Once out the gladiators made for the slopes of Vesuvius (which was not actively volcanic at the time) trying to evade the Roman soldiers who were now hunting them. The sources say that the gladiators and others led by Spartacus set up camp in an area surrounded by steep cliffs, with only one narrow path out – and so the Romans set up camp at the end of the path and planned to starve them out. But Spartacus displayed the military ability he was to become famous for, and organised the men to make ropes from the abundant vines in the region they were camping. They then abseiled down, snuck round to the Roman camp and took them by surprise. After this they were armed with army grade weapons, made for practicality, rather than gladiatorial weapons (made as much for show as use).
After this quite a lot is known about what the force did and where they did it, but nothing about motivation. So it’s known that many people joined this revolt over the two years it lasted, both slaves and free people as I mentioned above, and by the end there were about 10,000 people involved. It’s also known that early on the group split more than once with a Spartacus led force going one way and a force led by someone else going the other way. Generally what happened there was that Spartacus won his battles, the other leaders weren’t so successful. But what we don’t know is why this happened – arguments over leadership? disagreements about where to go? attempts to spread themselves out to make better use of available resources?
Spartacus led his force up to the north of Italy to the alps, but once there didn’t cross and instead led his army back down through Italy to the south of the country. Some people speculate that this was because he changed his mind – initially they say he intended just to go home, but then he decided to try and take down Rome (whether to replace it, or to abolish slavery or some other reason). But the experts on this programme seemed to think it was much more likely that if his original intent had been to go home he’d’ve gone across to the east coast of Italy and got on a boat for Thrace as quickly as possible. Instead they speculate that the movement up and down the length of Italy was partly to keep the army fed – they were basically scavengers and keeping a large force fed off the land (even with help from sympathetic locals) would mean they would need to keep moving. And also by marching throughout Italy they could gather support from the non-Roman city states – ending up in the south of Italy perhaps with an eye to getting to Sicily where a previous revolt had been successful for a while.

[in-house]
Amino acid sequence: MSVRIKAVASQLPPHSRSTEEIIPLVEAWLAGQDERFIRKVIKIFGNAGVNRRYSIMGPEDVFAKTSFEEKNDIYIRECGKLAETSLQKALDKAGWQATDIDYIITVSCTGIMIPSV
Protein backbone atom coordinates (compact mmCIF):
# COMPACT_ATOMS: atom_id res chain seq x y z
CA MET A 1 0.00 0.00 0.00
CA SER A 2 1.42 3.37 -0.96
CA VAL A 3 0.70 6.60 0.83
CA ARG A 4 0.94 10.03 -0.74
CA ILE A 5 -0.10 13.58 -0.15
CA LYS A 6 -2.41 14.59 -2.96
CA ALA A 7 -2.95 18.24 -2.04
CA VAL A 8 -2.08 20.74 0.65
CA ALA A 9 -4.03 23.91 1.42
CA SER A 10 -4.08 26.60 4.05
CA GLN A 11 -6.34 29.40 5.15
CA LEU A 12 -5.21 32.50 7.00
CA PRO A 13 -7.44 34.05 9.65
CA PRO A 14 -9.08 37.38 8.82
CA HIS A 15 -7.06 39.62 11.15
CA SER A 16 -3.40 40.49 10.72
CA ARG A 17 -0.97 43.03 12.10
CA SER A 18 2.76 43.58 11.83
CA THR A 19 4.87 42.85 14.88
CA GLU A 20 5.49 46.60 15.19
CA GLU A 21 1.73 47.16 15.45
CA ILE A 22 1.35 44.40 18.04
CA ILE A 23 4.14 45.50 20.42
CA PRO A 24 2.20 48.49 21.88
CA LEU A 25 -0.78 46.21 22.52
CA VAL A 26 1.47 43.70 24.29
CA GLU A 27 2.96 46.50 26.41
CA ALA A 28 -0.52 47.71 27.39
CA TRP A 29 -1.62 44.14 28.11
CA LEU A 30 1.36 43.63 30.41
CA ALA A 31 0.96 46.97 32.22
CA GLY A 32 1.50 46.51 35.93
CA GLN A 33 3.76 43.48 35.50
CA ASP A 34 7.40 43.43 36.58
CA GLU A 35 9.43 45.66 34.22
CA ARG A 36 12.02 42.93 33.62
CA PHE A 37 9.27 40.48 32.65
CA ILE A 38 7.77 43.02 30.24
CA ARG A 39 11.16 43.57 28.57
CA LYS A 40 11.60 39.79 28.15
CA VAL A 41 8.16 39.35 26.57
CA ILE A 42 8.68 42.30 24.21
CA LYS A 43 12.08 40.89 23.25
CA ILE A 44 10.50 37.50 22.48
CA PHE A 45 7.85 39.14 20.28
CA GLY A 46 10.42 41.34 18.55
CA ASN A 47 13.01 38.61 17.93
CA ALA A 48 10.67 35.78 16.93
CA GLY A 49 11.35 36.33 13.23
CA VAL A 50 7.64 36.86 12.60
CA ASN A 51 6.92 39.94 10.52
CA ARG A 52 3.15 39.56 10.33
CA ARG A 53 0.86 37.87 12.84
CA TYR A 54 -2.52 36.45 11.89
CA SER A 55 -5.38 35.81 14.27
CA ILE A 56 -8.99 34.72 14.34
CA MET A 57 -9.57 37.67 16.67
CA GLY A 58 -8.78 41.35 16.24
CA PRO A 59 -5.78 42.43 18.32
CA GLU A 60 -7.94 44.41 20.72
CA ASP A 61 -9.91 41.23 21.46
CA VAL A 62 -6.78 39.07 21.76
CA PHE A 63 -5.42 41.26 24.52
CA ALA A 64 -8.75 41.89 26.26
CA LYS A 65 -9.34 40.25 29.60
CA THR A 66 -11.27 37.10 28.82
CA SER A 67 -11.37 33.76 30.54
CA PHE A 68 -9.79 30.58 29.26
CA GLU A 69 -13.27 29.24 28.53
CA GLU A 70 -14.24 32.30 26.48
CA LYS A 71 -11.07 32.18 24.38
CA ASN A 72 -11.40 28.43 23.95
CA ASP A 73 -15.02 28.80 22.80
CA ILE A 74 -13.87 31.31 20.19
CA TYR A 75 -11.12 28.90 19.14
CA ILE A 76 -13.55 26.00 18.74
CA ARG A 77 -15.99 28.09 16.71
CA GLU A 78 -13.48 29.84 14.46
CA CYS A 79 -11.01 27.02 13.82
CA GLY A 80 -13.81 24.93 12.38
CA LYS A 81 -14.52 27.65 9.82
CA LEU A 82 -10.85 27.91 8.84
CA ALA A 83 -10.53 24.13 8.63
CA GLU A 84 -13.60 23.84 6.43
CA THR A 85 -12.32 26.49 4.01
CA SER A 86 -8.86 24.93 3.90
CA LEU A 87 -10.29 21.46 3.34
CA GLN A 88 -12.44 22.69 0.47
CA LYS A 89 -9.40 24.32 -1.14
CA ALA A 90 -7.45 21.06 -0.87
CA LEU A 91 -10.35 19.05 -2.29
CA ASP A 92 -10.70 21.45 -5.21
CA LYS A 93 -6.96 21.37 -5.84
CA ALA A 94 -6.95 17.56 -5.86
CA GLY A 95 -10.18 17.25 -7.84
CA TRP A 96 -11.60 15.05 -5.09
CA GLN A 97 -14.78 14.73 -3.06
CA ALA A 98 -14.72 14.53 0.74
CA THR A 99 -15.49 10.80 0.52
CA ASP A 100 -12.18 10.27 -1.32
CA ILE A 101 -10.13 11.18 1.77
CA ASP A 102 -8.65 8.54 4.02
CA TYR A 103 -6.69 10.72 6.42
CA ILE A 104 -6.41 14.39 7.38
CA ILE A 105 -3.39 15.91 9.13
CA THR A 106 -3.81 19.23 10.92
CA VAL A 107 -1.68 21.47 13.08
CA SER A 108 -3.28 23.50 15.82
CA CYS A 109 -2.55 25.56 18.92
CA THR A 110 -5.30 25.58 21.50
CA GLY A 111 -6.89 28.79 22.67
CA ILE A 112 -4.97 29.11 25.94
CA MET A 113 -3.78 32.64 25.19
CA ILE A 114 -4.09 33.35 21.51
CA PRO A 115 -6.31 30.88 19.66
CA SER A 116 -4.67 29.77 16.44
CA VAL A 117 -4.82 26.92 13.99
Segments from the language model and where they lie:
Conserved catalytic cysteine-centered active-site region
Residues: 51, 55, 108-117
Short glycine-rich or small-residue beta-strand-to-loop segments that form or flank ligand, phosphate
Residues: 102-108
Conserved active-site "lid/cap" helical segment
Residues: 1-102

But Spartacus was to be defeated in 71BC by an army lead by Crassus. Crassus was a wealthy Roman citizen who was a general and politician. Bragg referred to him as a statesman, but Beard corrected this to “thug”. It’s important to remember that as officials were elected every year then it would be very useful to someone like Crassus to have a victory under his belt to show off about to the electorate. So Crassus took a considerable fighting force to hunt down Spartacus, and was in the end successful. Opinion was divided between the three experts as to whether or not the average Roman would actually have been much bothered about this slave revolt. One point of view was that if you were living in Rome it would all seem to be happening “over there, somewhere else”. But the other was that being surrounded oneself by slaves all of the time would make it a frightening time.
Spartacus’s legend grew after his death. This is down, in large part, to the needs of Crassus’s PR campaign. By building up the rebellion lead by Spartacus to be a big deal he made his own victory look that much more impressive. In actual fact it wasn’t, as I said earlier, the most successful slave revolt. Much later, in the 18th Century AD the legend that had grown up around Spartacus was taken up by the movement for the abolition of slavery. And since then it has been used by many different groups of people as a rallying point for their cause – ranging from the left wing (ie Karl Marx) to the right (ie Ronald Reagan).